While associates may earn more and work less than ever before, they may encounter the resentment of partners who are stuck paying premium salaries in hard economic times. Falling on the heels of a boom market, this recession has left many firms struggling to maintain salary levels that were established when the demand for associates was exceptionally high. It is key for firms to move beyond these issues, and resolve turmoil in order to maintain healthy work relationships. We examine these problems in depth, and reveal how to cope with newly unbalanced supply and demand levels.
Salary Wars in Light of the Recession: Bridging the Associate / Partner Divide
Every day, we talk to both partners and associates at firms across the country, in every major legal marketplace. Because we are a recruiting company, these conversations often concern why a lawyer is dissatisfied with their current firm, or what kind of lawyer a firm seeks to hire. We have discovered that the salary increases that have taken place over the past several years have actually had the effect of straining professional relationships between partners and associates. This article will explore the division between partners and associates from three angles. First, we will discuss the complaints we have heard from and about today's young associates. Second, we will discuss the impact this divide has had on the legal marketplace. Third, we will suggest how to handle dynamics at the interview stage, and how to position yourself as a lawyer who can contribute to a more collegial environment.
A little over two years ago, the associate salary wars began to affect most major legal markets. Although these raises came as good news to many associates, the long-term effect has been mixed. Certainly, we have not heard any lawyer tell us that having more money is bad. However, in some firms, there has been a backlash against those who enjoyed the salary increases, making life more difficult for some young associates. The dynamics are fairly simple. Many firms raised associate salaries to compete with other firms. Not all firms who raised their compensation did so willingly, and we have spoken with some partners at law firms who felt railroaded into the decision to raise those salaries. It's not hard to imagine why: an increase in associate salaries may mean less compensation to the firm's partners. Although every firm that raised associate salaries handled the expense in different ways, the more difficulty a firm had internally in making the adjustments, the more likely the salary issue created or magnified a division between associates and the owners of the firm.
Associates are Getting Richer. What's the Problem?
Ultimately, it's not important to decide the merits of who is right or wrong. What is important is to understand these conflicts, and to minimize the discord.
The complaint we have heard most often from partners at law firms is that junior associates have a sense of entitlement to both top compensation and an appropriate quality of life offered by a reduced workload. This may be because many current partners began as associates working longer hours for less money. At some firms, the perception is that associates simply do not work the kind of hours, on average, that associates worked 10 or 15 years ago. This may or may not be true, depending on the firm or the individual. What is true is that the attention to 'quality of life' among associates at large firms is relatively new. The fact that many associates started using the term quality of life at the same time the greedy associate boards popped up, is a difficult coincidence for the management at some firms. We certainly suggest that attorneys stay aware of the differences between firms' lifestyle, compensation, or prestige. However, an associate who frequently compares his or her firm to other firms may create the perception of being ungrateful for the opportunities 'at home.' To demand that one's firm pay a top salary while pushing quality of life issues, such as reasonable hours, may appear inconsistent.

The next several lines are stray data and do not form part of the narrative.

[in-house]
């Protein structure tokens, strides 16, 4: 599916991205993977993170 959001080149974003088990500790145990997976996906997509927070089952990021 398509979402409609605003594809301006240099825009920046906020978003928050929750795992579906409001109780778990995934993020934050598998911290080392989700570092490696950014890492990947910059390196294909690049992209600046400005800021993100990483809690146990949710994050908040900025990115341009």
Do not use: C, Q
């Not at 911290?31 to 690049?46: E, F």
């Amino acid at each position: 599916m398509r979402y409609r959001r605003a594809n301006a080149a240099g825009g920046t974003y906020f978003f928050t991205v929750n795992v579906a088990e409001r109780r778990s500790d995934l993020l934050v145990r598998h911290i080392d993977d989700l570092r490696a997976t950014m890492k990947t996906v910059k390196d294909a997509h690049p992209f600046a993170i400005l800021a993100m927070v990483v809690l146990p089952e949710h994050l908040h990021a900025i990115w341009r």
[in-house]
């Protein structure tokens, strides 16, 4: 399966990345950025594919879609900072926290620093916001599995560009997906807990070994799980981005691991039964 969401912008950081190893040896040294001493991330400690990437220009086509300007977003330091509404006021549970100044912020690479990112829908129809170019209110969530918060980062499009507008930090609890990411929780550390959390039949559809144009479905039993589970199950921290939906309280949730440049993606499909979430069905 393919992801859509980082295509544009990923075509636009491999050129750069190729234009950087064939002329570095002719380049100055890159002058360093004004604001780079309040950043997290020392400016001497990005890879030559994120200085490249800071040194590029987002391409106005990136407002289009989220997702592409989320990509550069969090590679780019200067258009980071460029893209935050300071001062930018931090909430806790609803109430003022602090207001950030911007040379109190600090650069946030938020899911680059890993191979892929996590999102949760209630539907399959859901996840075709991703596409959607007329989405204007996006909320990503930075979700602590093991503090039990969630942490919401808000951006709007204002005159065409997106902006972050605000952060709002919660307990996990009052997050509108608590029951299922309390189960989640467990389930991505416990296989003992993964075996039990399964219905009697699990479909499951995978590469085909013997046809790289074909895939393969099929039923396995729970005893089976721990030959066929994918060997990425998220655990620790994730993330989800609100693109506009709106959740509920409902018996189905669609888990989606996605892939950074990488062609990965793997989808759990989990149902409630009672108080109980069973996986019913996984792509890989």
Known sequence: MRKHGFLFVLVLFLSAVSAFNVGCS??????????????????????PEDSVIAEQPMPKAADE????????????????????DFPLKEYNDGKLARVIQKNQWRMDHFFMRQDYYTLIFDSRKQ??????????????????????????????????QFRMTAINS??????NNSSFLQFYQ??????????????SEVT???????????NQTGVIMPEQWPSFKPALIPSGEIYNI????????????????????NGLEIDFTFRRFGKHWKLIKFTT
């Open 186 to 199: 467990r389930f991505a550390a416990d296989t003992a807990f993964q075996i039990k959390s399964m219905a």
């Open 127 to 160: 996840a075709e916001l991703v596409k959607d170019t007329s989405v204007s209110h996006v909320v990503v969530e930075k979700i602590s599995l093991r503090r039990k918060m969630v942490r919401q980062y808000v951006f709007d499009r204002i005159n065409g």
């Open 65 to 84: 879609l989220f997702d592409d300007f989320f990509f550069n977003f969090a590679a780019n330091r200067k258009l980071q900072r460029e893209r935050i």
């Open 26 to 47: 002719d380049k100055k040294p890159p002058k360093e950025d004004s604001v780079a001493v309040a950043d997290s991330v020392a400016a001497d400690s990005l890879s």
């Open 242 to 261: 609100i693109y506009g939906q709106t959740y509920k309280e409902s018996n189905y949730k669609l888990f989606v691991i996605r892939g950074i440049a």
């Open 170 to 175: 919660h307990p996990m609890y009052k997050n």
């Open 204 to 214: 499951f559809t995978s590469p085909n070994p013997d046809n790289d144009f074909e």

Many associates do not understand why the partners at their firm are so unreceptive to talking about compensation and quality of life, when the associates are often the top billers, and generate significant income for the firm. "If I work big firm hours, I should get paid big firm salary," is one of the complaints we heard from a lawyer working at a mid-sized Washington, D.C. firm. Younger associates want the management of their firm to realize that the marketplace isn't the same as it was when the partners graduated from law school. Indeed, the demographic of young lawyers has changed considerably, and the shifts in the economy in the past decade have been unprecedented.
There is no right or wrong side to these arguments, but the problem of this division must be resolved. This tension was created in large part by the associate salary wars. We recommend that attorneys try to put themselves in each other's shoes. Remember that partners are owners of the firm. They have the responsibility for keeping business with the firm, and increasing associate salaries did seriously affect the bottom line at many firms. On the other hand, partners need to realize that well qualified associates are necessary to any good practice, and keeping those associates by ensuring that they are well respected, valued and paid should remain an on-going concern.
How the Salary Increases Affected the Marketplace.
The short-term effect of the salary wars was, obviously, to put more money into the pockets of associates. For virtually every firm, the next effect was more subtle: hourly billable rates for associates were raised in some cases, while some firms decided to take the money out of the partners' share of the pie. Some firms raised associate salaries without a peep, while others did so only after being directly petitioned by their associates. Associates began ranking firms in their city by how much and how quickly salaries went up.